The case for MOR games.
Today’s games industry has many strange and wonderful features. Its most distinguishing feature is the current dominance of technology-focused, so-called “triple-A” games at the top of the market. These shiny, spangly games command the lion’s share of the marketing money, media attention and newspaper headlines. At the other end of the industry, we have the “casual games” market, which encompasses card games like Windows Solitaire, Minesweeper, the various “Match-3” variants and their like.
And there is almost nothing — nothing — in between.
Which is strange, because the other media aren’t like that at all. Take radio, for example…
The triple-A games sector is like the radio channels which play chart hits. Most of them seem much the same to jaded thirty-something (and older) ears, because nobody’s invented a truly new musical instrument or technique in years. (Even sample-based music dates back to the musique concrete movement of the 1940s, when tape-based recording appeared.) Younger listeners love it: they weren’t even born in the 1970s, let alone the 1940s, so it’s still all new to them. Occasionally, you do get a real gem or classic, but by far the majority of the output in this sector is soon forgotten.
Then we have the Casual Games sector. This is the “Classic” (and Classical) music of the gaming world. It’s comfort music for those who are put off by the brash, noisy, in-yer-face racket of the chart hits. It’s nice and safe. Easy to pick up and listen to. Why? Because, by the time it’s reached this channel, it’s pretty much accepted that the music is good. That’s why it’s considered a “classic”.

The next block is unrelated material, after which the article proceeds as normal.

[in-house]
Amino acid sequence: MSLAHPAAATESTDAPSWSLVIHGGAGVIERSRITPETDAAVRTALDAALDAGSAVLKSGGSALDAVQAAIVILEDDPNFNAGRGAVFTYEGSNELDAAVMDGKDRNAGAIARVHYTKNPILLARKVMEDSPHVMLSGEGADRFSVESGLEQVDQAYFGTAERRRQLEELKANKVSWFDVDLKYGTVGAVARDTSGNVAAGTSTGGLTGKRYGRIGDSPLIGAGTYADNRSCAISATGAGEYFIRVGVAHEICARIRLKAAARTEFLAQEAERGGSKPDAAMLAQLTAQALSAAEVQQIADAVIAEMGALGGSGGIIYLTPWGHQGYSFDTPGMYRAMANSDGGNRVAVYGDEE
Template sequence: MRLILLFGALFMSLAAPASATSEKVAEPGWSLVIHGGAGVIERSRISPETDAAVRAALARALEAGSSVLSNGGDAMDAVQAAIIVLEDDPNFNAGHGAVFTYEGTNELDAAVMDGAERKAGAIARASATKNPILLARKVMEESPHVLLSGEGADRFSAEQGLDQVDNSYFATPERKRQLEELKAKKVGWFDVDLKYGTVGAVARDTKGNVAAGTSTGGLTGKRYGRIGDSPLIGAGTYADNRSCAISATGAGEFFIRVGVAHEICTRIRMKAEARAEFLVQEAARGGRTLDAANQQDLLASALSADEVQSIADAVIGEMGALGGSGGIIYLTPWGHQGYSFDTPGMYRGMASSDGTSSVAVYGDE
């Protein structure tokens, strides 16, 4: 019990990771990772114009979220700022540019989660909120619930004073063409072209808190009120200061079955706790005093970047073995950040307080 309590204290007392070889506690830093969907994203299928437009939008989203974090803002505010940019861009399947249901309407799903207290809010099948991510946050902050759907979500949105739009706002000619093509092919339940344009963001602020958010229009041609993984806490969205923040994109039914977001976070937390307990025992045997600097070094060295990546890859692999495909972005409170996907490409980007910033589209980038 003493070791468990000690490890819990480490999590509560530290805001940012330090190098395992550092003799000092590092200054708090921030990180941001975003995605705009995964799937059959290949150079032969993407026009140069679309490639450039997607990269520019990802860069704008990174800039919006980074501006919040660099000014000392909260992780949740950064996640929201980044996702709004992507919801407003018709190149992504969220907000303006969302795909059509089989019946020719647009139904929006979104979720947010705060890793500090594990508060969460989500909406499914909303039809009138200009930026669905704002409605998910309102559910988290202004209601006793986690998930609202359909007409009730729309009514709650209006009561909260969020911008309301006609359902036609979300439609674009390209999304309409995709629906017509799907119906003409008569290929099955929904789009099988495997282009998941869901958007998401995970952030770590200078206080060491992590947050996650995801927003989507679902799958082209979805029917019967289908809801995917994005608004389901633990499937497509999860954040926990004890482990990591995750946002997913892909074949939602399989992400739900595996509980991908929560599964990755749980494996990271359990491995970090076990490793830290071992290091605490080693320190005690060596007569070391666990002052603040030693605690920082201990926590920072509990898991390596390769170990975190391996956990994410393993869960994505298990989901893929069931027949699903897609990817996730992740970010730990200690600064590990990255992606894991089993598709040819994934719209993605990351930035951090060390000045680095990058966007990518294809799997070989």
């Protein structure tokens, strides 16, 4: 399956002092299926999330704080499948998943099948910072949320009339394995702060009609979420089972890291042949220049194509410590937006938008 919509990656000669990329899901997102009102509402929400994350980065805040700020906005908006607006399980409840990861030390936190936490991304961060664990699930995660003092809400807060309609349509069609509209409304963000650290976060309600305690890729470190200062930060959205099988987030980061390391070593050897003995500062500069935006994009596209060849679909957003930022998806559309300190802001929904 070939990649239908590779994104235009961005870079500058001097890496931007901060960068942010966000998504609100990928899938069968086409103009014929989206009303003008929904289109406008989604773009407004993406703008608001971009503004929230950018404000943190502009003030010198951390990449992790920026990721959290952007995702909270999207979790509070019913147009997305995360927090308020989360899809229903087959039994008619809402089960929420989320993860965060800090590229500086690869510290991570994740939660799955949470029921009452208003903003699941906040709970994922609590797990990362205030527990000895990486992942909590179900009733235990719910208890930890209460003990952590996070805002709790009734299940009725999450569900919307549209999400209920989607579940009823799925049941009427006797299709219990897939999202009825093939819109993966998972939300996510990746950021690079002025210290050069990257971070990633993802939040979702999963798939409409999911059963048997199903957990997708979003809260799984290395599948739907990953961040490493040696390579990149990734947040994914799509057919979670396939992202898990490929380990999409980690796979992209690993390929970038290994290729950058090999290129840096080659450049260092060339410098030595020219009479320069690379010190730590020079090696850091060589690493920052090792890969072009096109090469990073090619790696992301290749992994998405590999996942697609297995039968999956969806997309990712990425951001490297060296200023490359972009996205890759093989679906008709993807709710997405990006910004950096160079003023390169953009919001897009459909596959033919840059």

Finally, we the music industry has its MOR (“Middle Of the Road”) music channels. Musicians still write music in any of a thousand different genres. John Williams still writes what sounds like classical music to most people. Danny Elfman, Enya or Mike Oldfield sit here. Ditto Paul McCartney, the Eagles and Harry Connick Jr., who sings the same music your grandmother was listening to in her youth.
And this, ladies and gentlemen of the jury, is what our own industry lacks: We have no MOR Games channels. Why should gamers be penalized for liking games in genres long considered unfashionable by the triple-A crowd, but which the Casual Games folks find too complicated? When 3D games became fashionable, people started writing off 2D platformers. But why? Why should progress in a genre stop merely because some new technology makes other designs possible?
Give us MOR games, I say!
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